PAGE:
Reports: Garrett said Rudolph used racial slur prior to melee

Cleveland Browns defensive end Myles Garrett alleged in his appeal hearing that Pittsburgh Steelers quarterback Mason Rudolph used a racial slur prior to last week's melee, ESPN reported Thursday.

The Washington Post later confirmed the report, adding that Garrett's side raised the accusation at the hearing "in an unusual way," referencing it but not making a request for it to factor in Garrett's defense.

Garrett acknowledged the reports Thursday evening with a statement, reading: "I was assured that the hearing was space that afforded the opportunity to speak openly and honestly about the incident that led to my suspension. This was not meant for public dissemination, nor was it a convenient attempt to justify my actions or restore my image in the eyes of those I disappointed.

Scroll to continue with content

"I know what I heard. Whether my opponent's comment was born out of frustration or ignorance, I cannot say. But his actions do not excuse my lack of restraint in the moment, and I truly regret the impact this has had on the league, the Browns and our devoted fans."

Rudolph denied the accusation by Garrett, who was appealing his indefinite suspension by the NFL at a Wednesday hearing with league-appointed officer James Thrash. Thursday afternoon, the league announced Garrett's suspension was upheld.

"Mason vehemently denies the report of being accused of using a racial slur during the incident Thursday night in Cleveland," Steelers spokesman Burt Lauten said in a statement early Thursday. "He will not discuss this accusation any further and his focus remains on preparation for Sunday's game against the Cincinnati Bengals."

Rudolph told reporters on Wednesday that he didn't say anything to provoke Garrett before the defensive end removed the quarterback's helmet and struck him on the top of his unprotected head in the closing seconds of last Thursday night's game.

Rudolph's attorney, Timothy M. Younger, responded to ESPN after the allegations were reported.

"According to ESPN, in his appeal, Myles Garrett falsely asserted that Mason Rudolph uttered a racial slur toward him, prior to swinging a helmet at Mason's uncovered head, in a desperate attempt to mitigate his suspension. This is a lie. This false allegation was never asserted by Garrett in the aftermath of the game, never suggested prior to the hearing, and conspicuously absent in the apology published by the Browns and adopted by Garrett," Younger said.

"The malicious use of this wild and unfounded allegation is an assault on Mason's integrity which is far worse than the physical assault witnessed on Thursday. This is reckless and shameful. We will have no further comment."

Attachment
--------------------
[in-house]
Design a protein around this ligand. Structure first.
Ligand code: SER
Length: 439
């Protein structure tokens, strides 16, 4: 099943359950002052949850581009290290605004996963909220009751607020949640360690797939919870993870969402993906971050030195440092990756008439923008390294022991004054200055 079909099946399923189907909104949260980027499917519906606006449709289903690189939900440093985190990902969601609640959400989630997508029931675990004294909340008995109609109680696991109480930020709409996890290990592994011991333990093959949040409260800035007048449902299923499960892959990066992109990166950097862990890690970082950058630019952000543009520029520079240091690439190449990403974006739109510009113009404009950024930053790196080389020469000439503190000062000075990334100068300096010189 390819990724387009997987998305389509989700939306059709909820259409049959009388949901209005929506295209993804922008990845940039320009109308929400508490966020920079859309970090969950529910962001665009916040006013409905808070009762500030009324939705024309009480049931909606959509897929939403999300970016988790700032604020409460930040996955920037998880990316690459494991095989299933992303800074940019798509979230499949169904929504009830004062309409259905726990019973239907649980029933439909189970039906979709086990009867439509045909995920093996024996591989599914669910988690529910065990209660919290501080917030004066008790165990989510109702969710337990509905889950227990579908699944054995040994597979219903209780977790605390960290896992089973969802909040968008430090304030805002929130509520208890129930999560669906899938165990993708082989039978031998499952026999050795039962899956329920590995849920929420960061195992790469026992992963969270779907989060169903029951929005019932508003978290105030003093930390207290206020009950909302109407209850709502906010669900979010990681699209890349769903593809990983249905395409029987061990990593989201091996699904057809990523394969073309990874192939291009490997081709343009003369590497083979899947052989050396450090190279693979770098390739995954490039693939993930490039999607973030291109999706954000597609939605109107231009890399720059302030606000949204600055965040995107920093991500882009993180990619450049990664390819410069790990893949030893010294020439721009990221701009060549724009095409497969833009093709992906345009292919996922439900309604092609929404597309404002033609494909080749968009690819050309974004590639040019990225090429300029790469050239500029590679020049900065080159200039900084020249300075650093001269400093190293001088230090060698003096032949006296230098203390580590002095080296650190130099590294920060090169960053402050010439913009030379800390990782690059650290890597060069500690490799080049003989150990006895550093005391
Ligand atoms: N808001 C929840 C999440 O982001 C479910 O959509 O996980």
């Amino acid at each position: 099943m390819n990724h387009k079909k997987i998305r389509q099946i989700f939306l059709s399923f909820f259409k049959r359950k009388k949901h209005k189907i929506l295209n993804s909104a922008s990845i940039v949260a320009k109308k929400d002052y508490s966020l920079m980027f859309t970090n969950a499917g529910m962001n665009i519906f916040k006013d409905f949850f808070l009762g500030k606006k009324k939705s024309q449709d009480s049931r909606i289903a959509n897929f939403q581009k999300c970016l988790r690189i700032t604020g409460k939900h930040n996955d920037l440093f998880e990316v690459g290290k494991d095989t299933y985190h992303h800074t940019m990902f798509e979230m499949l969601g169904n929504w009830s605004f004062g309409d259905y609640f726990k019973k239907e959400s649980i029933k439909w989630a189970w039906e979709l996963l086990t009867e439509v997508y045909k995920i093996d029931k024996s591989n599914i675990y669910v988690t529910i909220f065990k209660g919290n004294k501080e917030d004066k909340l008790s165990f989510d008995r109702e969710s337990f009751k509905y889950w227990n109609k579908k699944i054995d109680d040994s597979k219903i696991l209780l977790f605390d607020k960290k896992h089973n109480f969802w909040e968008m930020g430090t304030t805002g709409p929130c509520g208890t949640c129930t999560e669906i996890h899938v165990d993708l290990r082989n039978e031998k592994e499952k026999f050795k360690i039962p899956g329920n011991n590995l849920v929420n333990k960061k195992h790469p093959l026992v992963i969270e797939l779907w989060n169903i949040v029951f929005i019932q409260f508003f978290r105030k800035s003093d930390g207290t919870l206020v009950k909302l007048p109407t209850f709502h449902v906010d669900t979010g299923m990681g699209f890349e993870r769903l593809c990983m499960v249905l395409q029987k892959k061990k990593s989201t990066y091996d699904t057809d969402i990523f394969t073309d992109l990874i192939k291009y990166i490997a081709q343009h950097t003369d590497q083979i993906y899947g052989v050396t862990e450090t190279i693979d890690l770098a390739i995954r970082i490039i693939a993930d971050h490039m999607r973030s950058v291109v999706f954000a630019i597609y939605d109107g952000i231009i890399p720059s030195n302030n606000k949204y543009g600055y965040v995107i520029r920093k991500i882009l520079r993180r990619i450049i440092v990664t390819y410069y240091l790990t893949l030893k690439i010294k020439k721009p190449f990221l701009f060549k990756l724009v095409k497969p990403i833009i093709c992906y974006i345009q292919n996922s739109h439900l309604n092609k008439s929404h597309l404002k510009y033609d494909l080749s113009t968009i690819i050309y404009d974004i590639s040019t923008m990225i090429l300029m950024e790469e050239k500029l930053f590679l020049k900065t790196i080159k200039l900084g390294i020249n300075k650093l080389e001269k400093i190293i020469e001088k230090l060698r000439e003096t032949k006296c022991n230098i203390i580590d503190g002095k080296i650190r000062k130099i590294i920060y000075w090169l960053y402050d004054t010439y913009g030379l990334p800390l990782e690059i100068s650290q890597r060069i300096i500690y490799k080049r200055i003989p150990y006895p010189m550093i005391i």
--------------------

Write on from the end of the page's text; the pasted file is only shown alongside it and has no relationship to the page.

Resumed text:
NFL spokesman Brian McCarthy told Pro Football Talk after the ruling was announced Thursday that the league "looked into it and found no such evidence."

It is not known if on-field microphones caught any exchange between the players. Teams typically have a microphone in the shoulder pads of the center or guards, allowing for audio of the quarterback's cadence on a broadcast.

According to ESPN's Jake Trotter, multiple Browns said Thursday that it was the first they had heard about the accusation of a racial slur.

Garrett, 23, was in New York on Wednesday for the hearing. ESPN reported the meeting lasted less than two hours.

With the suspension officially upheld, he will miss at least the rest of this season, including the playoffs should the Browns qualify, and must apply to commissioner Roger Goodell for reinstatement in 2020.

The incident started after Rudolph dumped off a short pass. After getting knocked down, Rudolph appeared to grab at Garrett's helmet before Garrett ripped off Rudolph's helmet and, with Steelers' offensive linemen attempting to intervene, hit the quarterback in the head with it.

Rudolph, who missed time earlier this season with a concussion after being knocked unconscious by Earl Thomas of the Baltimore Ravens, was not injured.

Steelers center Maurkice Pouncey received a three-game suspension for punching and kicking Garrett during the melee. His punishment was reduced to a two-game suspension on appeal.

Browns defensive tackle Larry Ogunjobi was handed a one-game suspension for shoving Rudolph in the back. That suspension was upheld upon appeal on Wednesday.

--Field Level Media

What to Read Next